Written by Hanna Lee
The non-profit organization, iEARN, empowers teachers and young people all over the world to work together online through the Internet and other innovative technologies. Successful businessman, Peter Copen, founded the nonprofit in 1988 when he linked 12 schools in Moscow with 12 schools in New York State. Through the New York/Moscow Schools Telecommunications Project, Copen demonstrated that education could be enhanced to improve global understanding if young people were able to use telecommunications technology to engage in collaborative projects.
Since 1988, iEARN has expanded their presence from two to 130 countries, creating a network of over 30,000 schools reaching 2 million students each day in collaborative projects worldwide. At any given time, iEARN offers around 200 ongoing projects available to teachers in their network. All of the projects‚Äô content are created by teachers to easily supplement their curriculums. Collectively, teachers come together to determine the age range, language, time frame and medium of the project.
Tina Habib started at iEARN in 2002 during the launch of a post-9/11 initiative called Building Respect through Internet Dialogue and Global Education (BRIDGE). This particular program sought to ease tensions and misconceptions after 9/11 between the Middle East and other countries throughout the world. Habib is of Egyptian descent and was drawn to the BRIDGE project‚Äôs message. She secured government funding for BRIDGE to facilitate mutual understanding between students and peers throughout the world. She started as an intern at iEARN and now holds the title of Director of Government Grant Programs. ‚ÄúOur model is respected because iEARN really is the pioneer of global education,‚ÄĚ explains Habib. ‚ÄúThe mainstreaming of technology and social media has only catapulted our cause.‚ÄĚ
Every year, iEARN hosts an annual international conference and youth summit to offer teachers and students the chance to connect participants face to face. ‚ÄúSometimes the culmination of a project takes place at the conference,‚ÄĚ says Habib. ‚ÄúThere are workshop sessions, presentations and a lot of informal collaboration among students. Some of them commit to working on a project together and meeting up next year. The whole conference is so powerful‚ÄĚ
Each project has a different language of conduct and based on the abilities and age levels of participants. One of Habib‚Äôs favorite ongoing projects is a photojournalism project called ‚ÄúA Day in the Life,‚ÄĚ where students take photos of something simple in their lives and share them with each other. ‚ÄúThe facilitating teacher will say ‚Äėon this day at this time we are all going to take a picture of our breakfast plate and share.‚Äô Then from all across the world you get to see the differences,‚ÄĚ explains Habib. ‚ÄúIt‚Äôs really powerful because it‚Äôs not a photo of a monument in their city or a picture of the president, but basic life.‚ÄĚ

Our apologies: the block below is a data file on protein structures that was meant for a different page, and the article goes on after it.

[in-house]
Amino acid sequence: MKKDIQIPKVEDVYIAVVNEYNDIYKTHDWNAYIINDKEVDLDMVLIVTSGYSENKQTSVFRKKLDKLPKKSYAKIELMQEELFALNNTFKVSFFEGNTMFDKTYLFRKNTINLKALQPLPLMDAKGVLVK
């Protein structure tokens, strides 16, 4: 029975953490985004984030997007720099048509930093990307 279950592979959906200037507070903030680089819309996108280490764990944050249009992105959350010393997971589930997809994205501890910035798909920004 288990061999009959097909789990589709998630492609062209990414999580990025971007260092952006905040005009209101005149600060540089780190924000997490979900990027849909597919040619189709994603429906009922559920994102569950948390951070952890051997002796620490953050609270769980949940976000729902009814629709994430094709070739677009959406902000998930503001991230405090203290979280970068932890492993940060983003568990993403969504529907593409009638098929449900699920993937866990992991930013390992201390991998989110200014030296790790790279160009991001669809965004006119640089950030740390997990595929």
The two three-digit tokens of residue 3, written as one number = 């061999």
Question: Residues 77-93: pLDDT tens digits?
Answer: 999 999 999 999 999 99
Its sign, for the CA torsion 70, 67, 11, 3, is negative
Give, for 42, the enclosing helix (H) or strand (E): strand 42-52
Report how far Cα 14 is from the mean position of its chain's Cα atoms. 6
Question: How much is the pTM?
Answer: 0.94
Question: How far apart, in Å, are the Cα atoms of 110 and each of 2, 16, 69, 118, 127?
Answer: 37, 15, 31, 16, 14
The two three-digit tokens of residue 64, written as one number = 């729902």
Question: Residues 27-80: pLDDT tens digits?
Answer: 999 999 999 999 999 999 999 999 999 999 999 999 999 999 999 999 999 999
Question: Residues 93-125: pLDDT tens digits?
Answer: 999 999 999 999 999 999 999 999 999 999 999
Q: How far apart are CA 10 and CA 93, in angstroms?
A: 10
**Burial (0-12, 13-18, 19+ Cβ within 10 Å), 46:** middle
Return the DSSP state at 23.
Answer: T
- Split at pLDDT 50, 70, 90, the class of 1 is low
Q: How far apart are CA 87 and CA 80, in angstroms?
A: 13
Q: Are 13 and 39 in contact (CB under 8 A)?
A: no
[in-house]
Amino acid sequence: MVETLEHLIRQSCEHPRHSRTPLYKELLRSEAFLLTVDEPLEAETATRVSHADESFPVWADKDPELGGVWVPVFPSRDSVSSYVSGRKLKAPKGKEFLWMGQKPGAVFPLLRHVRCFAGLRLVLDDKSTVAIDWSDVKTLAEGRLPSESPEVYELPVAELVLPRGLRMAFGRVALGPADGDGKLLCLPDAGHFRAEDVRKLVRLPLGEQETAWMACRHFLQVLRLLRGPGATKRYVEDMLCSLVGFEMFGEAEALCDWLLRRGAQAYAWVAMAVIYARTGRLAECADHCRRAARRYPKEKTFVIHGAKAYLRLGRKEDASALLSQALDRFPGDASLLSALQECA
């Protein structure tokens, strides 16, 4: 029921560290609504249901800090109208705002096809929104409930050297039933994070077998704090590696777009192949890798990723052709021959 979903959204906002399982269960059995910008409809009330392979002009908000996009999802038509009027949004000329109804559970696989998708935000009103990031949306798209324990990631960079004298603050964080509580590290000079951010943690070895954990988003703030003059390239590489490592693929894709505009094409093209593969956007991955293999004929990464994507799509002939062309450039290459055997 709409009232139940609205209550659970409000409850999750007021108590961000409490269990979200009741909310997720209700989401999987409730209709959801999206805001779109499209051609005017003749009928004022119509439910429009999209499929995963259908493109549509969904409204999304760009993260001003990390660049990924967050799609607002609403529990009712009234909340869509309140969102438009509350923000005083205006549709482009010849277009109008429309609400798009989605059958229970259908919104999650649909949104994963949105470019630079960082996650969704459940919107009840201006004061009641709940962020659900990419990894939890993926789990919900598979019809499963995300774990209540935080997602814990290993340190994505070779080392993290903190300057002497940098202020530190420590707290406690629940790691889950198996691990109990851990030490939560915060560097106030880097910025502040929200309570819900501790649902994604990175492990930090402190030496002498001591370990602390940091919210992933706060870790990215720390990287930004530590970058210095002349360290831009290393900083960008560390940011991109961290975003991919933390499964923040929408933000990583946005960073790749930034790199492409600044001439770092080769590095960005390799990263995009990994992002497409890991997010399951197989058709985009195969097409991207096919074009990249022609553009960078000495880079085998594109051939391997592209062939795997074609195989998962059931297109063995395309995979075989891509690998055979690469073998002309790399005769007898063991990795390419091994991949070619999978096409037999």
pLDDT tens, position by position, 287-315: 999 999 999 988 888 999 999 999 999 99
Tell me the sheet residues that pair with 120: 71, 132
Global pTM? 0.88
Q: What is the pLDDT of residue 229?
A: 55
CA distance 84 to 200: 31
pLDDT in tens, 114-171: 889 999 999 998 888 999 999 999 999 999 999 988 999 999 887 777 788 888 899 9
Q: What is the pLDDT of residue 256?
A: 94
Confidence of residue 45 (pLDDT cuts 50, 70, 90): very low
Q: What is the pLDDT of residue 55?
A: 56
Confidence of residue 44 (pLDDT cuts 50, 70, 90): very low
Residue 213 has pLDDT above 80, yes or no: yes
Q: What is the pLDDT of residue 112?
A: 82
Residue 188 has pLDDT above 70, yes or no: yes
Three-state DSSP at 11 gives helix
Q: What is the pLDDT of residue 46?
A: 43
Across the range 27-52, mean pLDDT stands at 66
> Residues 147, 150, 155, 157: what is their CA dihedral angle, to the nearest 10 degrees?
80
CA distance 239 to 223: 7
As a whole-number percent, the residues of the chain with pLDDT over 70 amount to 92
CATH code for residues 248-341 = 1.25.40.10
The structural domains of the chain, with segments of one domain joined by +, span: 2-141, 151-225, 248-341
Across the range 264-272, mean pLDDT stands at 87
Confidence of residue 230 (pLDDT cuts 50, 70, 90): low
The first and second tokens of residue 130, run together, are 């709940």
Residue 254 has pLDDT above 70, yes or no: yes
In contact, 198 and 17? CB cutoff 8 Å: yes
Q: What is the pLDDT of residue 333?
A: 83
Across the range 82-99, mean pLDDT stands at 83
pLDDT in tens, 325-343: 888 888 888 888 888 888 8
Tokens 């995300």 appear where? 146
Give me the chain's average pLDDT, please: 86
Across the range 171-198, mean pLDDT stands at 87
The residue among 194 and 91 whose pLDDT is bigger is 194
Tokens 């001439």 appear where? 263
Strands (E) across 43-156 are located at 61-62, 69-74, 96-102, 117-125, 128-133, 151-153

Recently, iEARN launched the World Youth News program where students become accredited World Youth News reporters through a self-guided course. When they graduate, the reporters explore and find stories to report on in their countries. ‚ÄúThe youth reporters upload their story in article format to the World Youth News website, where the articles are downloadable to anybody,‚ÄĚ clarifies Habib. ‚ÄúThe website will be like an Associated Press of youth from all over the globe, and you‚Äôll get to hear about these events from their perspective at the ground level.‚ÄĚ
Habib truly believes that iEARN is instrumental in changing people‚Äôs hearts and minds from all over the world by having them work closely and intimately, especially in countries that are not well represented in the media or U.S. culture. ‚ÄúWhen you‚Äôve worked on projects in collaboration with somebody, you can move beyond the prejudices you‚Äôve heard because it‚Äôs not reflected in your personal interactions,‚ÄĚ she says.
The most rewarding experience for Habib is realizing how ecstatic the iEARN youth are to recognize themselves as part of a global network. ‚ÄúI can only imagine if I‚Äôd had that kind of exposure growing up. My worldview would‚Äôve changed that much sooner,‚ÄĚ says Habib. ‚ÄúThese students have a fire in their eyes, and it‚Äôs so profound that they understand they‚Äôre apart of one sect in this huge thing called earth.‚ÄĚ
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